The pandemic helped start this mess

Maybe we can blame Amazon (and every other merchant that promises immediate delivery), but most of the industrialized world is accustomed to a well-oiled supply chain. 

Unfortunately right now, many industries, including, shipping, transport, e-commerce, and retail are facing significant labor shortages. 

The World Happiness 2021 Report drills down to look closely at the effects of COVID-19 and how the pandemic affected global labor. It points out a significant decline in the total hours worked and highlights the cascading effects of a supply chain (and industry) in crisis. 

The article goes on to say that according to the International Labour Organization (ILO), global working hours declined by 17.3 percent in the second quarter of 2020. That is equivalent to almost 500 million full-time jobs lost within the last year alone.  

Can we also blame social media?

According to the U.S. Department of Commerce, consumers spent $791.70 billion online with U.S. merchants in 2020. That’s an increase of 32.4% year over year, double the 15.1% increase in 2019.

I don’t think I’m giving away any state secrets when I say that social media plays a large role in the way that we live our lives. Now, Instagram, Facebook, Twitter, Pinterest, and TikTok are all contributing to the spike in online shopping.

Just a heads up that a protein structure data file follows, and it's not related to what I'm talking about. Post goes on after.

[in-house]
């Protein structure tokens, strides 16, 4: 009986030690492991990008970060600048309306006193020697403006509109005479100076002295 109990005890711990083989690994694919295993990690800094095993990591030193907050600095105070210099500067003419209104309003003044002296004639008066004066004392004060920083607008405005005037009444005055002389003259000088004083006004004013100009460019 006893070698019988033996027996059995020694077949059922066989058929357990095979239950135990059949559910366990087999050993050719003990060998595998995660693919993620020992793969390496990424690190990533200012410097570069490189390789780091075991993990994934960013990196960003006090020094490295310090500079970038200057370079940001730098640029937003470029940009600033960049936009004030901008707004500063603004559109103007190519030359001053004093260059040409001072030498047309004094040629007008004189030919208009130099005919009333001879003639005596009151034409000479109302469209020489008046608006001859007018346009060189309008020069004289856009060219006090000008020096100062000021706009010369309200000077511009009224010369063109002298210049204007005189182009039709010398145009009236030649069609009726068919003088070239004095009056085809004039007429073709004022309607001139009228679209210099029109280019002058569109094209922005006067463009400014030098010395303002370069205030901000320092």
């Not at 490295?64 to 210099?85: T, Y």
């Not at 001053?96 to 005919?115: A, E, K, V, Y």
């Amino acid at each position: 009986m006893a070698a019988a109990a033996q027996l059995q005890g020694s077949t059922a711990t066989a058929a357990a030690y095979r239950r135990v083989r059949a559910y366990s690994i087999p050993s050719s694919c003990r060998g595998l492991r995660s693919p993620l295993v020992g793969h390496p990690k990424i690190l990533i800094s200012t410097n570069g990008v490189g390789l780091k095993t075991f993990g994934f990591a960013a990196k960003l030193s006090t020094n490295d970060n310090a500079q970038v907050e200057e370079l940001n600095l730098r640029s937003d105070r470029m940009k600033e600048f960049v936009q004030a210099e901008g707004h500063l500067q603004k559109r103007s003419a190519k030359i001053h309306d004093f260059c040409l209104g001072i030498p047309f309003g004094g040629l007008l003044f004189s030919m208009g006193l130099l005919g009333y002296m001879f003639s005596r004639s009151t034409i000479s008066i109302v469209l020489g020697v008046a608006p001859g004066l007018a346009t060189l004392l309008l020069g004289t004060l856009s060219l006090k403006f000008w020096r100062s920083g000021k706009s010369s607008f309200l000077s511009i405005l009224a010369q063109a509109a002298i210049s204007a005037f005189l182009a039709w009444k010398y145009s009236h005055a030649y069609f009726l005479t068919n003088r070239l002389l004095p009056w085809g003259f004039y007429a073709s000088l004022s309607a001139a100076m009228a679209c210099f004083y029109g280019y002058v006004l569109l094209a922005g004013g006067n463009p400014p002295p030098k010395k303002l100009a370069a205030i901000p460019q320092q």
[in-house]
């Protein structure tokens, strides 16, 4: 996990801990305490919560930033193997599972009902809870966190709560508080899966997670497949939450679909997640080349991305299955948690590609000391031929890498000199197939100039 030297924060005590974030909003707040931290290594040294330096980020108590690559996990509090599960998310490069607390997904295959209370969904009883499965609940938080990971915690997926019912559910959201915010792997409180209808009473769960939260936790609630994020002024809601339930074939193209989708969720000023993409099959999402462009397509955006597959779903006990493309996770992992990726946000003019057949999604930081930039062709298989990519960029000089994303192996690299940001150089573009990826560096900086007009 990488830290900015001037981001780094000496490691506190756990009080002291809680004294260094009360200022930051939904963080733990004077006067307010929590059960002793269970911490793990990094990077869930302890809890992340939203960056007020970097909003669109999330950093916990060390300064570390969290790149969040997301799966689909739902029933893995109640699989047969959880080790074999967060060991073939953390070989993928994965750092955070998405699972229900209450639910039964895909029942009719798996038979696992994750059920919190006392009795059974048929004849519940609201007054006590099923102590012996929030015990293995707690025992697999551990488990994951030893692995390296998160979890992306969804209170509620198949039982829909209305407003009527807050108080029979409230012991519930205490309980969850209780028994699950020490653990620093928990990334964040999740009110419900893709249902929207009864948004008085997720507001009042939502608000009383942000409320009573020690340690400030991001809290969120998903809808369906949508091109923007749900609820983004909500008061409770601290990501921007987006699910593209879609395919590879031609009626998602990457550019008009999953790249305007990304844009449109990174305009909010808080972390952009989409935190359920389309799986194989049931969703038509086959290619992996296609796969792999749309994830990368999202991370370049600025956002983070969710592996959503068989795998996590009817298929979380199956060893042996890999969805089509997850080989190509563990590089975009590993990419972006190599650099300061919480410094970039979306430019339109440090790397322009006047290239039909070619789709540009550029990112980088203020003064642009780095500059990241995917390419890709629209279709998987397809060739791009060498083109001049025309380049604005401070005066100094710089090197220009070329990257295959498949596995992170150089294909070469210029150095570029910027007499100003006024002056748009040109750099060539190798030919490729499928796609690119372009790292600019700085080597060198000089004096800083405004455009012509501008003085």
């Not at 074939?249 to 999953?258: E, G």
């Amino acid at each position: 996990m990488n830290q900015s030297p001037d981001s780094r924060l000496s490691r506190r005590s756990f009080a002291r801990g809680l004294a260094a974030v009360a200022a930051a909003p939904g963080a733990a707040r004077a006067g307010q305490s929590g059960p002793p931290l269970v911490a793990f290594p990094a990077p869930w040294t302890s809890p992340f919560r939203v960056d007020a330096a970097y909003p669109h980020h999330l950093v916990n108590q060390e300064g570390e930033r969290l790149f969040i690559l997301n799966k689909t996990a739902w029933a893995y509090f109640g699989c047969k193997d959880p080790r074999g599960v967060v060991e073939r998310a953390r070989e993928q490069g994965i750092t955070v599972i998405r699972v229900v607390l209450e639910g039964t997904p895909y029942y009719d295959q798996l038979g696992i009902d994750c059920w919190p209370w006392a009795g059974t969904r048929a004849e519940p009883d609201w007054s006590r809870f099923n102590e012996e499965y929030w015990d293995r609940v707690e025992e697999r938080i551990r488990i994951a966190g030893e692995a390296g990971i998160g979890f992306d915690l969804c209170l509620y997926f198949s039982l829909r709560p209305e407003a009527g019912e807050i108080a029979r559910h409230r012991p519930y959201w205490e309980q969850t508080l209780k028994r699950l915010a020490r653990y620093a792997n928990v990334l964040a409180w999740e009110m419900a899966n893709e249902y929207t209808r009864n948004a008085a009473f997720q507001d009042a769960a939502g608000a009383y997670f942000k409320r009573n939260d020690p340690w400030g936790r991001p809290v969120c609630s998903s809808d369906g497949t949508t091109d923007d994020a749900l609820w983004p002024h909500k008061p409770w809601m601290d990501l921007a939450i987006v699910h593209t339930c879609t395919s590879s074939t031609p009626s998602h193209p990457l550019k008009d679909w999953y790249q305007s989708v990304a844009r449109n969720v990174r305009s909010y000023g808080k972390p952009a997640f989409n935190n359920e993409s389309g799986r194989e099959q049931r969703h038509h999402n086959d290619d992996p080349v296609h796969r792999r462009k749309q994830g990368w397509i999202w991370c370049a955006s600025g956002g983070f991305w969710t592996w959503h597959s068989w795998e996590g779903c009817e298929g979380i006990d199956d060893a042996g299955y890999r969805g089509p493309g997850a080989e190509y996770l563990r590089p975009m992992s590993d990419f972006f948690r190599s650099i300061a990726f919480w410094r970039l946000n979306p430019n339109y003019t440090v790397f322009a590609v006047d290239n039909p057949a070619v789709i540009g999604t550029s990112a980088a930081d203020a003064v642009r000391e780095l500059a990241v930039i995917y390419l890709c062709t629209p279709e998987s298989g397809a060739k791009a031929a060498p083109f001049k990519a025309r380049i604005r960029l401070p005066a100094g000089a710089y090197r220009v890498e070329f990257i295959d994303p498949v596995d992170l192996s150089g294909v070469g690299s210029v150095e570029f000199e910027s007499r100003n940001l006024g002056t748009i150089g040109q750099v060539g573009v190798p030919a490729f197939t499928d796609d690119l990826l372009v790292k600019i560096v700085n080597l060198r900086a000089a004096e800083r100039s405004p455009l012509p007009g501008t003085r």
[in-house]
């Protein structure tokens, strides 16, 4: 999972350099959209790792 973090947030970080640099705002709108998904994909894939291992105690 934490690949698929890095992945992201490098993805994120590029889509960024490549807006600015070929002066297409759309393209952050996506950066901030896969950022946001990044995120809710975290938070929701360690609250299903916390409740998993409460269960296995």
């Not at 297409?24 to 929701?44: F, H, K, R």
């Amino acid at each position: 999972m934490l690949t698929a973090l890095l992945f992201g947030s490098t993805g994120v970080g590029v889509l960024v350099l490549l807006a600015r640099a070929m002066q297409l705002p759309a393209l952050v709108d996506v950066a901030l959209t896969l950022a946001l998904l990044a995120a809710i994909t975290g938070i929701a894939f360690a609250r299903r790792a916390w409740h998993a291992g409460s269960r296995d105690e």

Business Insider points out that according to a new Salesforce report, orders from social media sites increased 84% in the most recent third quarter. WeChat and many other Chinese social platforms have long integrated FinTech into everyday communications between friends and family. Now, it’s becoming more prevalent throughout the rest of the world. 

Hoarding on an enterprise scale

A year ago, as the pandemic turned the entire world upside down, everyday citizens began hoarding toilet paper and hand sanitizer. Prompted by high demand, the shortages changed the way people shopped. According to a survey from Oracle, over 91% of shoppers have made changes to their buying behavior and are routinely stocking up on merchandise. 

Now, it’s international corporations that are panic buying. From hip electric car manufacturers to flashy Silicon Valley technology companies, large companies are buying more material than they need, mirroring the behavior of most of the industrialized world just 12 months ago. This “me first” behavior is stretching an already-taxed supply chain network to an unsustainable level.